Why cold potatoes and green bananas are better for you?
Heard of prebiotics? The fact that my spell check wants to auto-correct it to probiotics makes me think most of you have not. Well it turns out prebiotics are just as important as probiotics for gut health.
So what are prebiotics?
Just to clarify, probiotics are live microorganisms, the so-called ‘good’ bacteria and yeast, that keep your gut healthy. Prebiotics on the other hand are foods that induce the growth or activity of these beneficial microorganisms. Basically, they feed the friendly flora.
Prebiotics are typically carbohydrate compounds, primarily oligosaccharides, that resist digestion in the small intestine and then feed the advantageous bacteria that colonise the colon.
The most well documented example of probiotics are fermentable carbohydrates such as fructans and galactans. However, a particular type of dietary fibre known as resistant starch (RS) is emerging as a highly beneficial prebiotic.
How does resistant starch work?
The term “resistant” simply refers to this starch’s ability to resist digestion. Instead, it passes to the large intestine where it is fermented and encourages the growth of beneficial bacteria. These good bacteria confer a multitude of health benefits through the production of short chain fatty acids, such as butyrate. These acids lower the pH of our bowel, this in turn improves absorption of minerals and suppresses the growth of harmful bacteria(1,2,3). Additionally, butyrate is the preferred energy source for colon cells. As a consequence, populations at low risk of bowel diseases have high dietary resistant starch intake and high butyrate levels(4).
Benefits of resistant starch
Cholesterol: RS consumption is associated with a decrease in the levels of cholesterol and triglycerides(11).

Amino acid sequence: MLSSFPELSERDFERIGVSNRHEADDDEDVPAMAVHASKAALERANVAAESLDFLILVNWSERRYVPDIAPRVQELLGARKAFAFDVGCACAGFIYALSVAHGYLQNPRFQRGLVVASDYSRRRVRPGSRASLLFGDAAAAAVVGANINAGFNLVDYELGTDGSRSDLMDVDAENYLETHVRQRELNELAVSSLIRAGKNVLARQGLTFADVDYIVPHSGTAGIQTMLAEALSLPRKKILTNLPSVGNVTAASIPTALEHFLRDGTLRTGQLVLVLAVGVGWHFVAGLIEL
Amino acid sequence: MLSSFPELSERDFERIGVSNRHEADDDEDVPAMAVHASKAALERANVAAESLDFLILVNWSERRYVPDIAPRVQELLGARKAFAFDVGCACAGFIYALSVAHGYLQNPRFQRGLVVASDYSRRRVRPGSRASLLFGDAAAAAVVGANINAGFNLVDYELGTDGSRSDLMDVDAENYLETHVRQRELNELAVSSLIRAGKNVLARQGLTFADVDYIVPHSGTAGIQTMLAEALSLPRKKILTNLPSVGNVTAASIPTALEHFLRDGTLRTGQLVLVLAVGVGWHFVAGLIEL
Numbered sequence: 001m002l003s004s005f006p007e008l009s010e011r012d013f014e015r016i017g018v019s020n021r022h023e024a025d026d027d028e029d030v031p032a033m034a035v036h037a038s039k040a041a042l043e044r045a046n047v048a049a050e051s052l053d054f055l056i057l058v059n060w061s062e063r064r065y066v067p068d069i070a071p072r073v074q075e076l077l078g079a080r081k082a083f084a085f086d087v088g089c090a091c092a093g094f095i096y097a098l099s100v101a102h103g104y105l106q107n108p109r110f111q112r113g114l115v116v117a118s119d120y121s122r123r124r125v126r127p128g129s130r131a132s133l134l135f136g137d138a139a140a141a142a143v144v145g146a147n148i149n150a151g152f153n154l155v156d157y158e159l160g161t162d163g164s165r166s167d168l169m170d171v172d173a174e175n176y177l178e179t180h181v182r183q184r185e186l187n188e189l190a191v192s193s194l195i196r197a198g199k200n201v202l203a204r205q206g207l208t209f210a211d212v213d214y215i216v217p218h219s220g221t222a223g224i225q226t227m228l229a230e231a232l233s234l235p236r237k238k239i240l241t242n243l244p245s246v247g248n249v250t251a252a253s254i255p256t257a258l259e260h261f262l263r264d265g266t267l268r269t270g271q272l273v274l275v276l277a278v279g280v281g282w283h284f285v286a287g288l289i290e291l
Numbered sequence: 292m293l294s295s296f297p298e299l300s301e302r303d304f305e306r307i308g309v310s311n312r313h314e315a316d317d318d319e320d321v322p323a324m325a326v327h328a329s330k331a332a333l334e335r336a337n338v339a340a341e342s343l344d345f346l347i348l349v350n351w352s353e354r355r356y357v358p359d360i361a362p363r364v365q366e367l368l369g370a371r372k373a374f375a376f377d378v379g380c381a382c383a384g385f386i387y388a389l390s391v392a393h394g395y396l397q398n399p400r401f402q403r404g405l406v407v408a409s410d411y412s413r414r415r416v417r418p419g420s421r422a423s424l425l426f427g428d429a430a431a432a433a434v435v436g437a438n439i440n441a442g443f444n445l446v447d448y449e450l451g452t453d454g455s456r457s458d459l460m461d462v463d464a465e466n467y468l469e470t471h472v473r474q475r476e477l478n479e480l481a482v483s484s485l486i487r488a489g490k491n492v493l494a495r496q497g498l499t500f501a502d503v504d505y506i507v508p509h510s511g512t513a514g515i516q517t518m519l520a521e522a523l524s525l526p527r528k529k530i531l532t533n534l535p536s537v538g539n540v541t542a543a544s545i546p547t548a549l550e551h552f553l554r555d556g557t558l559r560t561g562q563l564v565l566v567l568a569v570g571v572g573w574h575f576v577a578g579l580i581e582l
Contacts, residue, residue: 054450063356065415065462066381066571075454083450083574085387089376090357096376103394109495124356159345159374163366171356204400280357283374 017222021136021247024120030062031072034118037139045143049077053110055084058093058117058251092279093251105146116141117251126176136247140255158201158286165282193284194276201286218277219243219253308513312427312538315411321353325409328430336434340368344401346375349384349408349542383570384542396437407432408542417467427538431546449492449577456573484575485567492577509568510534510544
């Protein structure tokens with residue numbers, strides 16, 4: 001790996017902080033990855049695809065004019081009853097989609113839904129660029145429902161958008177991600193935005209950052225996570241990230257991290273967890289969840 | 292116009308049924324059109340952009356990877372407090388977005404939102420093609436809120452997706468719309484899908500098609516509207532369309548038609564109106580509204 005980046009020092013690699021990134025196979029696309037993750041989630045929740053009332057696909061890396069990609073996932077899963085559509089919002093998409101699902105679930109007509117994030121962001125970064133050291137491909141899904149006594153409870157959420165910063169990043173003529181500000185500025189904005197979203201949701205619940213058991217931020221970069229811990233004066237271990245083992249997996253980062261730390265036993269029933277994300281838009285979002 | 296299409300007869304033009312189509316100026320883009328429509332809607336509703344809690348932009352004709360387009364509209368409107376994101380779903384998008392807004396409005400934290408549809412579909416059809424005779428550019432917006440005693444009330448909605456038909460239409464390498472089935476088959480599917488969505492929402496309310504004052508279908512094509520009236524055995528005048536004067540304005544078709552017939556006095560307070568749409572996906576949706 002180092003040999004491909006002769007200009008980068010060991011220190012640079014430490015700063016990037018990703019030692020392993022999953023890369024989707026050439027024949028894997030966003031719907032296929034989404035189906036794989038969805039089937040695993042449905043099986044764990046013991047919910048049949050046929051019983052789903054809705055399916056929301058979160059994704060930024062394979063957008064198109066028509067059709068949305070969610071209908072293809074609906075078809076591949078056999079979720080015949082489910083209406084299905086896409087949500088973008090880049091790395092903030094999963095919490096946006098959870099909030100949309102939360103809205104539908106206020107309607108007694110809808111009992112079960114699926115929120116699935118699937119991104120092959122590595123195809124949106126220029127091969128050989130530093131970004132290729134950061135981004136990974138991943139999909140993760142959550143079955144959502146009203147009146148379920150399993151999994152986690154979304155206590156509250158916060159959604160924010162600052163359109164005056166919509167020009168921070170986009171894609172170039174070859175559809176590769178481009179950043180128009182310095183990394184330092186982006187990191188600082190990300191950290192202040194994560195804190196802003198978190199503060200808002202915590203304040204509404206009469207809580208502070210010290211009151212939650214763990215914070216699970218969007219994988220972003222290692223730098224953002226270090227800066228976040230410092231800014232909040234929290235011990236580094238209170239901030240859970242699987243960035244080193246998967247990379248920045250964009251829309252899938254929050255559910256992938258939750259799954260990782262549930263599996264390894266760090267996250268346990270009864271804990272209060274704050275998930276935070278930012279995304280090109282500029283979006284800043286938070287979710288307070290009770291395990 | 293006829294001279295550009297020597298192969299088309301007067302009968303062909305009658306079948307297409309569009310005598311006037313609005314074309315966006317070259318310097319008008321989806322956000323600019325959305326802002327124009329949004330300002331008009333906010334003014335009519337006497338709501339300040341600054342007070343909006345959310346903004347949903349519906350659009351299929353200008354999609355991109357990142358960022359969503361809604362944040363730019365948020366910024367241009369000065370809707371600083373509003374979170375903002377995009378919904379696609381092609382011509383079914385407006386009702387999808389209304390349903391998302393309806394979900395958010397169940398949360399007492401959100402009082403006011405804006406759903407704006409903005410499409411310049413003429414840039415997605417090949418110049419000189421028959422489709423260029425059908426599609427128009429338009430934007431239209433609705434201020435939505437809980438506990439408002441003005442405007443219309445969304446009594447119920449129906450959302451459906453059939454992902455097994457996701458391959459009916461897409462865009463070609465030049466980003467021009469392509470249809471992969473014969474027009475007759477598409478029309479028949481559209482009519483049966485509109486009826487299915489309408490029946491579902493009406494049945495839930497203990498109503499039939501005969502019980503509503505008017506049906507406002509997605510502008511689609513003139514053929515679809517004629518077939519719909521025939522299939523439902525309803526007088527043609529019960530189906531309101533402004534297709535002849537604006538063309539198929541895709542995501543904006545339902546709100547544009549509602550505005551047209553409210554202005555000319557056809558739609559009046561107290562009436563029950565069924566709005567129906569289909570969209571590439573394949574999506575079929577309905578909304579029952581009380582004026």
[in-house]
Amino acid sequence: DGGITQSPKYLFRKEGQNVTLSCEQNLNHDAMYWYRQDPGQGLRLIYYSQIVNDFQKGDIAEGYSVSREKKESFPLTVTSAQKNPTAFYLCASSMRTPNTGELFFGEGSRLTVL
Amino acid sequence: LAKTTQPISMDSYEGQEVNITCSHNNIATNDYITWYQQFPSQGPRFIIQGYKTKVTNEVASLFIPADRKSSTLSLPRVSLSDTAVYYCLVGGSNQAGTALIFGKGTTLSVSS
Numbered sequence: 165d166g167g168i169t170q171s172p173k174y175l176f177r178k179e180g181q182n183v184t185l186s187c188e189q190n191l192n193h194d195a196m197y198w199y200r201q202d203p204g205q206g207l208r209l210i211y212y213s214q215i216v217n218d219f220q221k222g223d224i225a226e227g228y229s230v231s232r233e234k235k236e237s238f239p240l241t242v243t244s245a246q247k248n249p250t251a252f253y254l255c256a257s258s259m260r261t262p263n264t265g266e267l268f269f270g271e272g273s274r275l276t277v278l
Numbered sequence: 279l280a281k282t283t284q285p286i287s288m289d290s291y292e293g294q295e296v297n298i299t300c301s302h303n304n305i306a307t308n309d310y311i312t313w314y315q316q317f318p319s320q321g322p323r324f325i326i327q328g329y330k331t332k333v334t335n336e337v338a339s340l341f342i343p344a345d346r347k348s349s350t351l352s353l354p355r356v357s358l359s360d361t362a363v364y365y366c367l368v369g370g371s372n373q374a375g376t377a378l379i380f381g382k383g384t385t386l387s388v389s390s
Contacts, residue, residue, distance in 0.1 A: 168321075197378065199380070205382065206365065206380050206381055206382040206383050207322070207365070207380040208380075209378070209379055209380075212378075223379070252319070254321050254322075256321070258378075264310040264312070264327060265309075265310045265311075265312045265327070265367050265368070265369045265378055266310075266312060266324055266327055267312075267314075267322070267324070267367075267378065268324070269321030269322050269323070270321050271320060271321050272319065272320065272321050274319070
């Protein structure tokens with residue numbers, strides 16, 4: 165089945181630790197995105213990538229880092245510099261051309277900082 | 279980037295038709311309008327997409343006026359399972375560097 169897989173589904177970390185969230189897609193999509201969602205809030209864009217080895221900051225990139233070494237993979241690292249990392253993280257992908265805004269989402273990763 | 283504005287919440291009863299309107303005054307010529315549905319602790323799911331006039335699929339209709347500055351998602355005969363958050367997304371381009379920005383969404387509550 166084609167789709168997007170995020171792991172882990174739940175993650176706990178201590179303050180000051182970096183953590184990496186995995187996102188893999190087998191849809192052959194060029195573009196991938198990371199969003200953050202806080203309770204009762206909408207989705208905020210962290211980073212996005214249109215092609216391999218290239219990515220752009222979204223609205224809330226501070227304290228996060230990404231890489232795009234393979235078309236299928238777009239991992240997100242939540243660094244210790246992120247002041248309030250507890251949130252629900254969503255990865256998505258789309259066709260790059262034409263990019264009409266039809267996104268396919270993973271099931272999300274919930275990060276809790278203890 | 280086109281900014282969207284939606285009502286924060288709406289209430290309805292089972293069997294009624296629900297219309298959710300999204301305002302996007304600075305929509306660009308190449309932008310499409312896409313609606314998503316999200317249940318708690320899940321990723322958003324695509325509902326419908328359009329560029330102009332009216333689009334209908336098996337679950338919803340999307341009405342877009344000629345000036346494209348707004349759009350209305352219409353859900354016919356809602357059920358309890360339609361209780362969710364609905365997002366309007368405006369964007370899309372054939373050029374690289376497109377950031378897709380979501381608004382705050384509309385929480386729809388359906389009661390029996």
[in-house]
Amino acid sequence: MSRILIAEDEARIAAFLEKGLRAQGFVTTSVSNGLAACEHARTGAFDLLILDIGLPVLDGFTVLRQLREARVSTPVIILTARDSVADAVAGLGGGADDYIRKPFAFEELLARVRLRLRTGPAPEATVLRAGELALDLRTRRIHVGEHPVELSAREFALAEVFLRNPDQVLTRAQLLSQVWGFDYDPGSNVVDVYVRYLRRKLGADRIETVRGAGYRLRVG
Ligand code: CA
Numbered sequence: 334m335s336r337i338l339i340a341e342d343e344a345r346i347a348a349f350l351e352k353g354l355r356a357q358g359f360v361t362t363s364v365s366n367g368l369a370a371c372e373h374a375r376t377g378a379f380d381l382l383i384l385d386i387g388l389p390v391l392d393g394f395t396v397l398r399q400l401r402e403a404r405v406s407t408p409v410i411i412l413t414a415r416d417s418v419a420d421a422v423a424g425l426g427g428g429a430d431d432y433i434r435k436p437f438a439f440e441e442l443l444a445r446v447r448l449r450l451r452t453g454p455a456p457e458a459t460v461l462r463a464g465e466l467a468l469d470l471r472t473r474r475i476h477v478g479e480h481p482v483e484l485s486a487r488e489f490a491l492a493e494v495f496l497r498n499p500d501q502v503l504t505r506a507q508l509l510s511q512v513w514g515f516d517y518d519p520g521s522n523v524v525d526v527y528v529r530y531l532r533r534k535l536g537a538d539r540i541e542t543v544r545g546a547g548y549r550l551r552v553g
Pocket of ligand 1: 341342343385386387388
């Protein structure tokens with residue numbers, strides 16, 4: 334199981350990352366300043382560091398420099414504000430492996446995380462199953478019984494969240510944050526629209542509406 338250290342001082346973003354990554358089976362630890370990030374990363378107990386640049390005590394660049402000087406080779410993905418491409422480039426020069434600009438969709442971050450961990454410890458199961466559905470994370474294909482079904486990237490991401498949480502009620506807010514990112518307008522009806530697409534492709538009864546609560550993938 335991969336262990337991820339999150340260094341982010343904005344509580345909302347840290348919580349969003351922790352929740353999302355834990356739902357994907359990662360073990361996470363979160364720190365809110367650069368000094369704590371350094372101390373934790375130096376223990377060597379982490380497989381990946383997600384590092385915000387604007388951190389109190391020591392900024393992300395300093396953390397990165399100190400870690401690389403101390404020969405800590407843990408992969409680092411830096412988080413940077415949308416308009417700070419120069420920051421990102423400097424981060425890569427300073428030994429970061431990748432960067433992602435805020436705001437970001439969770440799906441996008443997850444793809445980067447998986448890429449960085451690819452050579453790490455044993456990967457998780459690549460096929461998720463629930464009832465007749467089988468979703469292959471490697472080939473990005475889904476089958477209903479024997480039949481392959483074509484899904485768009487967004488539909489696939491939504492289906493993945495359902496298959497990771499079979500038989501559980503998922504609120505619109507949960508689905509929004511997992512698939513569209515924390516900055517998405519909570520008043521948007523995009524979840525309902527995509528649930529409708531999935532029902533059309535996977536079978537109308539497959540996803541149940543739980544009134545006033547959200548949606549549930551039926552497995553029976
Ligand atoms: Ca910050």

Prevention of haemorrhoids(16).
Best sources of resistant starch
RS is found in all starchy foods albeit in variable amounts. The net amount can be influenced by the way you prepare the starch-containing foods, as cooking and processing destroys most resistant starches. However, you can "rescue" the resistant starch content of some foods by letting them cool after cooking. For example cooling potatoes and rice after cooking helps to salvage their RS content. This is because after the cooked starch is cooled, the starch molecules crystalise and become less digestible. A process is called retrogradation.
Examples of naturally occurring RS(21):
- Raw oats
- Cooked and cooled legumes and beans: white beans have the highest amount of resistant starch, followed by lentils, green peas, chickpeas and kidney beans.
- Green bananas and plantains: green bananas contain up to 70-80% starch and during ripening, the starch is converted into sugars and ends up being less than 1% when the banana is fully ripe.
- Cooked and cooled potatoes. Think potato salad.
- Cooked and cooled rice. Think sushi or even fried rice.
While there is no official recommendation for the intake of resistant starch, studies showing health benefits typically range from 15-30 grams per day.
So what does this look like:
- 100g of roasted and cooled potatoes provides 19.2g RS, whereas the boiled version provides only 0.16g.
- 100g uncooked rolled oats contain 11.3g RS.
- 1/2 cup cooked (100 g) lentils contain 6.62g RS.
- 1 medium green banana has 19g RS
- Cashews contain 12.9g RS per 100g (1/2 cup)
- Brown rice cooked and cooled provides 5.48g per 100g serve
Seems rather easy to meet the requirements so enjoy some potato salad and your gut will thank you.